5 Minnesota reps support effort in U.S. House to restore net neutrality

Some members of the U.S. House are trying to undo the FCC's open internet rollback.
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What happened?

An effort to block the FCC's rollback of net neutrality protections is getting started n the U.S. House.

A total of 81 representatives have agreed to cosponsor Rep. Mike Doyle's legislation to restore net neutrality rules, his office announced Tuesday. It's similar to what's been proposed over in the U.S. Senate.

Why are they doing this?

Net neutrality is the idea that all (legal) sites and apps on the internet should be treated equally. A 2015 rule by the Obama administration required internet service providers to adhere to this – no deliberately blocking or slowing content, and no offering paid fast lanes to content providers.

On Dec. 14, the FCC – led by Chair Ajit Pai – voted 3-2 to reclassify broadband internet and effectively undo those rules. Pai argues the net neutrality regulation stifled investments and innovation.

But critics – such as Doyle and his 81 cosponsors – say the elimination of these open internet rules favors telecom companies and hurts consumers.

Citing "overwhelming" public support for net neutrality (which polls such as this one back up), Doyle said: "I’m confident that if there’s enough public pressure, Congress will overturn the FCC’s order killing net neutrality.”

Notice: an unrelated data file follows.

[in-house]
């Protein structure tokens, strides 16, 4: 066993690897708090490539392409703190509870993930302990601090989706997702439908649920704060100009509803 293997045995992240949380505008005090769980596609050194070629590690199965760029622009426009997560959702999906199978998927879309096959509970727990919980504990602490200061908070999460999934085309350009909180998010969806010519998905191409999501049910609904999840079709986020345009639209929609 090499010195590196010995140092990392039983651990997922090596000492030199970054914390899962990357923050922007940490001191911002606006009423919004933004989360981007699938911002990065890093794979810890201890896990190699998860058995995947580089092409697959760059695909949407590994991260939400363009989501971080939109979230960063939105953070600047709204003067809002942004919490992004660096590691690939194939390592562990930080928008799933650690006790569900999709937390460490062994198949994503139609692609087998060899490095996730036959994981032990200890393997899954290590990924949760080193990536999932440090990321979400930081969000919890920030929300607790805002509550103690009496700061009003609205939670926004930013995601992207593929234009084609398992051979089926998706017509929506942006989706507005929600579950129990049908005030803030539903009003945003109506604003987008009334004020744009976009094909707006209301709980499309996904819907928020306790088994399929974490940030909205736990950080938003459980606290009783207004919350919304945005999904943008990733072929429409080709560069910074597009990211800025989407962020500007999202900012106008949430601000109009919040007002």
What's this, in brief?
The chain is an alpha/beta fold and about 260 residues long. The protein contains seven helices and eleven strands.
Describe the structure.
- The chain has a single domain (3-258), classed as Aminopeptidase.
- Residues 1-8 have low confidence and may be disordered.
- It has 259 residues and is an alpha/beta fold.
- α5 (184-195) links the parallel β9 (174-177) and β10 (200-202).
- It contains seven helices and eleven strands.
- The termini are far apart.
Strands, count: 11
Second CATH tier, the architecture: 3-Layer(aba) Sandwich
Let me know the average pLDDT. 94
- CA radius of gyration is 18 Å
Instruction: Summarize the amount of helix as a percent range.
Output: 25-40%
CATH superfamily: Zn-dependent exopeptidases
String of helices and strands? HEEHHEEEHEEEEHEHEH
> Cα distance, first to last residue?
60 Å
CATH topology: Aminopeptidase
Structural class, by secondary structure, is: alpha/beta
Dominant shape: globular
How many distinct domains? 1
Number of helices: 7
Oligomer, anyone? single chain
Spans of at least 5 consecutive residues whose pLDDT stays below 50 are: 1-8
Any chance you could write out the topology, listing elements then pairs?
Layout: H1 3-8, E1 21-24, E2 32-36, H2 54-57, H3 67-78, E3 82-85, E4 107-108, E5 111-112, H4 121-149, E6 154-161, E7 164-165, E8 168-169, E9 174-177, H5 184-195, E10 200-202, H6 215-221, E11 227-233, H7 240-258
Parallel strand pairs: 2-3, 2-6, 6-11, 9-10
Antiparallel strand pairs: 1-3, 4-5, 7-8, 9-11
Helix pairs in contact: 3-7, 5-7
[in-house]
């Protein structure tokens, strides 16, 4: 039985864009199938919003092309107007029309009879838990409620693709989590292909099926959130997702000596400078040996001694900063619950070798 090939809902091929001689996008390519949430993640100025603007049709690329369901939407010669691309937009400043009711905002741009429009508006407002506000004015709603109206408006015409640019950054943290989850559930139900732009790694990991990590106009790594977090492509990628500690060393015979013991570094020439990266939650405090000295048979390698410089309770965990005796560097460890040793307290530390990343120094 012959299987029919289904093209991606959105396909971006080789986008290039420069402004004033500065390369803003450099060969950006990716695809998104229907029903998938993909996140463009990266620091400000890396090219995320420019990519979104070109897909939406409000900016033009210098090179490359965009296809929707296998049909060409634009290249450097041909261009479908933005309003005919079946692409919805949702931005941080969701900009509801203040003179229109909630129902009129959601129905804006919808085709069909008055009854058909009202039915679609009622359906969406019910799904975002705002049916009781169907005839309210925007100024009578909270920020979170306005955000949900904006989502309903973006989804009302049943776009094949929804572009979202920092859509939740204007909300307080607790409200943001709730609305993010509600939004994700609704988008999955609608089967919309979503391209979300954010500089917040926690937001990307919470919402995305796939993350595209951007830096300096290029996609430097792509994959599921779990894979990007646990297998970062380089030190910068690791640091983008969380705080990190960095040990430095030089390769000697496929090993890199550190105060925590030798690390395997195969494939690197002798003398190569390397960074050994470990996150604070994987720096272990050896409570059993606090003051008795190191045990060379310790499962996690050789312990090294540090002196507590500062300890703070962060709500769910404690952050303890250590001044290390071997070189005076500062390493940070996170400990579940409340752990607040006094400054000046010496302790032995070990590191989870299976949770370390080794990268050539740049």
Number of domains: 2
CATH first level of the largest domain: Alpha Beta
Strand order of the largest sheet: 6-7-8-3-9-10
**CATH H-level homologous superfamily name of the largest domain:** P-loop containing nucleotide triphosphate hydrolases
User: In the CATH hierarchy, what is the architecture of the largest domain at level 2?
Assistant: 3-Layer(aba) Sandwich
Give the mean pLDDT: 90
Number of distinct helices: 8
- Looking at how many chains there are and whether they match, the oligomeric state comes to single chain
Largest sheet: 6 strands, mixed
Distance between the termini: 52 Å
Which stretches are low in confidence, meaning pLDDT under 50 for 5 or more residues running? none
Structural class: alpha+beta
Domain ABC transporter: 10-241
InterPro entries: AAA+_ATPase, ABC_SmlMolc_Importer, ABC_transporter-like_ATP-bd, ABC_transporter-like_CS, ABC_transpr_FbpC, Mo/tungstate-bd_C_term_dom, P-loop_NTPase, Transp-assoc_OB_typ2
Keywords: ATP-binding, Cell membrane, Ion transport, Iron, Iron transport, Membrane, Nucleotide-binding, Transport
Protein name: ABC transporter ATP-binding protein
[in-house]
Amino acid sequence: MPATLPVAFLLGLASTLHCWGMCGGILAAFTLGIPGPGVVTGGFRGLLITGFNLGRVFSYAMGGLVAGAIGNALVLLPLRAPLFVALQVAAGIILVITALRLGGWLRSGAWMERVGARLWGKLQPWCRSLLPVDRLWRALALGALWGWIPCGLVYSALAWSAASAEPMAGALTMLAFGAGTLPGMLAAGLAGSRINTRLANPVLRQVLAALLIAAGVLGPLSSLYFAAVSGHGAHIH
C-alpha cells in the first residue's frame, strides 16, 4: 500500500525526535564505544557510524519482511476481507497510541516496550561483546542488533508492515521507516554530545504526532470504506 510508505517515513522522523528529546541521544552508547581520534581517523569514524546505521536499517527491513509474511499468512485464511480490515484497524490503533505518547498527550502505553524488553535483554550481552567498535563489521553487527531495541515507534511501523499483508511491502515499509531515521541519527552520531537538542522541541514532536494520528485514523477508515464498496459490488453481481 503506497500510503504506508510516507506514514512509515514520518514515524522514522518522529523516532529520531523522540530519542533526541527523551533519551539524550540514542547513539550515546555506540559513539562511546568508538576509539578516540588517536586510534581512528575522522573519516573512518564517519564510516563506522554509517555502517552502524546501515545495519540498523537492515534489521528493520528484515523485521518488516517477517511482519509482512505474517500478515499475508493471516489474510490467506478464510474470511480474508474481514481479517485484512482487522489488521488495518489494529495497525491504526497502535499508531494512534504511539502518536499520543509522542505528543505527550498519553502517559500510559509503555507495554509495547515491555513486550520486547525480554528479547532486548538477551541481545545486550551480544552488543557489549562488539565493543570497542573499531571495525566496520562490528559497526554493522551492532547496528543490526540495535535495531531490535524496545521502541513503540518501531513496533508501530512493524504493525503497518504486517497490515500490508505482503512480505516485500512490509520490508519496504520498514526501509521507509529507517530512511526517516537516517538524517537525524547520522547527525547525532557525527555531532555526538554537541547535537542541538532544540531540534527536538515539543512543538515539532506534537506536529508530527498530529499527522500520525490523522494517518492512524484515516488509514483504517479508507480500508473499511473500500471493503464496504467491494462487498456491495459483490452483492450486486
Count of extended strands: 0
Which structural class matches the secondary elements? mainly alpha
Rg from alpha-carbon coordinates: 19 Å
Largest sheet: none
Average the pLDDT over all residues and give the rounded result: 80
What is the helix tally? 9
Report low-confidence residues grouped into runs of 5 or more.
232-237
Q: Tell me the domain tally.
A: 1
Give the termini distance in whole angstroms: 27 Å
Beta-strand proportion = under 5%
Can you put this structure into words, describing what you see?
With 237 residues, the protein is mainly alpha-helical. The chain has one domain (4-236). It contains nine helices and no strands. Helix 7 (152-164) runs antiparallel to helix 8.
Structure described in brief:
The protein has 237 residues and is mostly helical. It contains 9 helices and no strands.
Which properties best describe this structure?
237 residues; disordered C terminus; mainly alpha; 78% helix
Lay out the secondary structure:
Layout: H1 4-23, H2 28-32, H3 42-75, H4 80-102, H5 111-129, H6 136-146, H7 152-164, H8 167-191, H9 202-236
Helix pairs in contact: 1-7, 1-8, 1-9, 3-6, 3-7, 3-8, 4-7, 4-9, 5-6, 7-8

Do Minnesota's U.S. reps support it?

Five of them have publicly come out as cosponsors, all DFLers: Tim Walz, Betty McColllum, Keith Ellison, Collin Peterson and Rick Nolan. 

Walz called free and open internet "integral fo a free and open society," while McCollum said the FCC's repeal "undermines" America's key principles and hurts consumers.

Added Nolan: "Huge corporations shouldn’t have the power to decide what specific websites you can see or what your loading speeds will be."

The state's three Republican U.S. reps – Jason Lewis, Erik Paulsen and Tom Emmer – are not listed as cosponsors.

Will it go anywhere

That's questionable. 

The plan is to use a Congressional Review Act (CRA) resolution. It's a way for Congress to cancel out rule and regulation changes put into effect by federal agencies, Brookings Institute explains.

Eighty-one cosponsors is a lot – but the proposal will need a majority of the U.S. House's 435 representatives to actually pass. Republicans control the House, and they seem far less keen than Democrats to re-establish net neutrality this way.

The Senate would also have to approve the resolution (more on this below), where it would then go to President Donald Trump for his signature, or a veto.

What about the Senate's effort?

Over in the Senate, net neutrality supporters hit a key milestone.

Last week, nearly 40 senators – including Amy Klobuchar and Tina Smith – had offered their support for using a CRA resolution to reinstate net neutrality.

The number has since grown to 50, with all 49 Democrats plus one Republican (Susan Collins of Maine) saying they'll vote in support of the resolution. 

If one more GOP senator opts to vote that way as well, it's enough for the proposal to pass the Senate.

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